The University of Tasmania is progressing a push to advance access to education and training on the State’s West Coast.
Aligning with a commitment to revitalise regions, the University has been working closely with the community on a new project that seeks to address challenges and barriers to further learning.
Vice-Chancellor Professor Rufus Black said the most recent census figures show that only 4.5 per cent of West Coast residents had a tertiary or higher education.
“In line with our social mission, this university has a key role to play in helping increase the volume and diversity of residents engaged in learning by working with the community, government, council, industry and business representatives,” Professor Black said.
“We are exploring options that support young people leaving school, displaced workers who could be reskilled, and members of the community who have never considered pathways towards furthering their education or training.
“This will take a number of forms, and we hope that our programs can be embedded into existing community sites and infrastructure across the West Coast region.”
Pro Vice-Chancellor Professor David Adams (Community, Partnerships and Regional Development) said the University would be focusing on three key groups.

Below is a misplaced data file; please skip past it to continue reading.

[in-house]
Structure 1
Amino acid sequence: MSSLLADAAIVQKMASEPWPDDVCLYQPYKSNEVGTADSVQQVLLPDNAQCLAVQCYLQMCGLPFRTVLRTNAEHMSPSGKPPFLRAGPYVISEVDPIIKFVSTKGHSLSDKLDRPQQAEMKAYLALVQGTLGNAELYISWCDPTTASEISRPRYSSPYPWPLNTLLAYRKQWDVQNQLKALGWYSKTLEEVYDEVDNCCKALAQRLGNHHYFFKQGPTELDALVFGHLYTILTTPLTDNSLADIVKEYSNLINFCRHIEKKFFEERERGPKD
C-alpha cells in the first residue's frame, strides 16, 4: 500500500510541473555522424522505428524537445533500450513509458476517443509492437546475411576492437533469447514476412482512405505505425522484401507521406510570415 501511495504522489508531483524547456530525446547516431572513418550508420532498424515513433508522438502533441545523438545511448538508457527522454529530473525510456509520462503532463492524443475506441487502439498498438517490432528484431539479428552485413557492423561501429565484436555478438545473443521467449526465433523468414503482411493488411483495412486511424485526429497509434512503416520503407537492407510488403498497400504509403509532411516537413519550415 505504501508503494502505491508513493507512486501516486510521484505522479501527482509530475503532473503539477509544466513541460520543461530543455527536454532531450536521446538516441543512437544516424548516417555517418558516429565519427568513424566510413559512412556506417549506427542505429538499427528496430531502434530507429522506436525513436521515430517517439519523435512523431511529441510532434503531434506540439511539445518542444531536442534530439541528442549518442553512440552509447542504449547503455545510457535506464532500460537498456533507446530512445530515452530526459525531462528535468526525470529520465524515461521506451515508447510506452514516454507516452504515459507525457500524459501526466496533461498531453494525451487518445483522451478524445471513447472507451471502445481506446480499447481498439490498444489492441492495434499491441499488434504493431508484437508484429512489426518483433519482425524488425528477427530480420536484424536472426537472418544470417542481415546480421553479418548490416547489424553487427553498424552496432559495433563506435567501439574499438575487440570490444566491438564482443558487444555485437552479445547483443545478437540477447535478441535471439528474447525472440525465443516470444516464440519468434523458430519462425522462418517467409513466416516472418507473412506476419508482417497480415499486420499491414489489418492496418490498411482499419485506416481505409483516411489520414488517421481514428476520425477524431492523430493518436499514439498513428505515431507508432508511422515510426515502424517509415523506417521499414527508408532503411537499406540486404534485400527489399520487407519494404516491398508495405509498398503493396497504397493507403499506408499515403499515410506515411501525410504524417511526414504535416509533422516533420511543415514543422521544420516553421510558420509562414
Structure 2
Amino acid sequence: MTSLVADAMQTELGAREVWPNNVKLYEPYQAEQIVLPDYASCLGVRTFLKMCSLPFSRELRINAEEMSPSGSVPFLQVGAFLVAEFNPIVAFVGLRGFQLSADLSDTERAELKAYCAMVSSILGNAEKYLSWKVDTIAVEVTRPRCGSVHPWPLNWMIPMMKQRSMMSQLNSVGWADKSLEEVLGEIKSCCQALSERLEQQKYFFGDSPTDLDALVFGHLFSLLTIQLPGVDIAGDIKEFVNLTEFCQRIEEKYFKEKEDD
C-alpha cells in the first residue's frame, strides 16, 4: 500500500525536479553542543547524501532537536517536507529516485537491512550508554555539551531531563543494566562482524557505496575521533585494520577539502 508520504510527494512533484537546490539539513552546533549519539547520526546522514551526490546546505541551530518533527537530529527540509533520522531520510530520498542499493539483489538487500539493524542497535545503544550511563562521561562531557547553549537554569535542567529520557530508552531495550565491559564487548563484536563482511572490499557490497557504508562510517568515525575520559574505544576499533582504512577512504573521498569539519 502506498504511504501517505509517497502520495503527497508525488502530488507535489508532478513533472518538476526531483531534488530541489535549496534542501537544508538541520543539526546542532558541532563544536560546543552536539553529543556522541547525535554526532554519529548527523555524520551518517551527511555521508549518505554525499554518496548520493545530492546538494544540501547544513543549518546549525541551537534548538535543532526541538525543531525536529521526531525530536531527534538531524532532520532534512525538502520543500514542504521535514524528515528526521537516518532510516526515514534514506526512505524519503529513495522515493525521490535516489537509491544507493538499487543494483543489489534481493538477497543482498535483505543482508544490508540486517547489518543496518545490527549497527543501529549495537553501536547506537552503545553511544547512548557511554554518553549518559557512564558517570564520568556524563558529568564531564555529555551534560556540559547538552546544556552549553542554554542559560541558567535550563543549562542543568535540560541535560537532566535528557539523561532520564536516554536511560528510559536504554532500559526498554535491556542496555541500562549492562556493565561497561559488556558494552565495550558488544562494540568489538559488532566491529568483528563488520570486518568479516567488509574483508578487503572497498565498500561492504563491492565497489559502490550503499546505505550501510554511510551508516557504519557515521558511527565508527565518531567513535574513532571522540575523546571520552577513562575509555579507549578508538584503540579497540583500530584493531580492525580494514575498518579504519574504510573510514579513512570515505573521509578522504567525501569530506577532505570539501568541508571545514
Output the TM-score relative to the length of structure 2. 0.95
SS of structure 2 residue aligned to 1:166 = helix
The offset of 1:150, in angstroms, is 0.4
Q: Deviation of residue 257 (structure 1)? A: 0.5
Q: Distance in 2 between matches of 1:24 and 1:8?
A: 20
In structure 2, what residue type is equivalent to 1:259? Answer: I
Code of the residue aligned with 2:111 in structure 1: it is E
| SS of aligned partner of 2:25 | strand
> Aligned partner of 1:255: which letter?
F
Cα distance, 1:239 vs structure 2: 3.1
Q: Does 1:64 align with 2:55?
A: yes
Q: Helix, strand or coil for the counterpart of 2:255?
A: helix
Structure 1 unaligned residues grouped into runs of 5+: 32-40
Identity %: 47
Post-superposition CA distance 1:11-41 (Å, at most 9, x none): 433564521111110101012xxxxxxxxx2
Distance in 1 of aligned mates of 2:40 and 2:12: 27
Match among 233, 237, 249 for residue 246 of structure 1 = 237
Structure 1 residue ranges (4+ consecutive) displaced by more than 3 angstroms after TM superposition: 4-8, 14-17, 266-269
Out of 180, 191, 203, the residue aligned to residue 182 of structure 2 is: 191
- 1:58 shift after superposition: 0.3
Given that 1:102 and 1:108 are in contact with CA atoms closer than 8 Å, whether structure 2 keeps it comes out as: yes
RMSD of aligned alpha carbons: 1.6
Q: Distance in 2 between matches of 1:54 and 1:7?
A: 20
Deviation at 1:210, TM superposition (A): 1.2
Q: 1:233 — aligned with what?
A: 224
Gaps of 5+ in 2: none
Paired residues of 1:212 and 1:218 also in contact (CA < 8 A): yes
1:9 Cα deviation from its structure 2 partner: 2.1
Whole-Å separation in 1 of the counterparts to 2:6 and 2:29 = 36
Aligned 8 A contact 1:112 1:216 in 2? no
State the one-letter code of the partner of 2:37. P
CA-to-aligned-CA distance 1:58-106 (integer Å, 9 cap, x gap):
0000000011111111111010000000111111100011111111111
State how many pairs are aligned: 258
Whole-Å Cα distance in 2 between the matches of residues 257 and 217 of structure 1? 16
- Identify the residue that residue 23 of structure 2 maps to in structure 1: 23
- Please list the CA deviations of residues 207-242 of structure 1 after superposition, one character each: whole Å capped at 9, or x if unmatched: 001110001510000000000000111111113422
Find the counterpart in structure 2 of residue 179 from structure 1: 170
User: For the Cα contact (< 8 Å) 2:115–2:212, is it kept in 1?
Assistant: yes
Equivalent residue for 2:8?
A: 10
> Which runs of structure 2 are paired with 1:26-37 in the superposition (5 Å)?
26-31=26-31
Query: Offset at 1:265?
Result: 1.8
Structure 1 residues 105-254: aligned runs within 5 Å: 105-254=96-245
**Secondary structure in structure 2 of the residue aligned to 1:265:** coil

“This has been a community-led initiative with stakeholders approaching the University to explore ways in which access to education and training on the West Coast can be expanded and improved,” Professor Adams said.
“The region faces a number of distinctive challenges; population decline and transition, its proximity from urban centres, and perceptions that education and training options are not aligned with local employment opportunities.”
Projects currently under development include community learning programs, short courses and the roll-out of industry-relevant associate degrees, the creation of a regional study hub, the introduction of the Children’s University, tourism workshops and potentially, the roll-out of a project aimed at increasing digital inclusion.
“The University has recruited a Community Learning Officer who will help implement these objectives, working closely with the West Coast Council’s newly-established Education and Training Advisory Committee and the broader community,” Professor Adams said.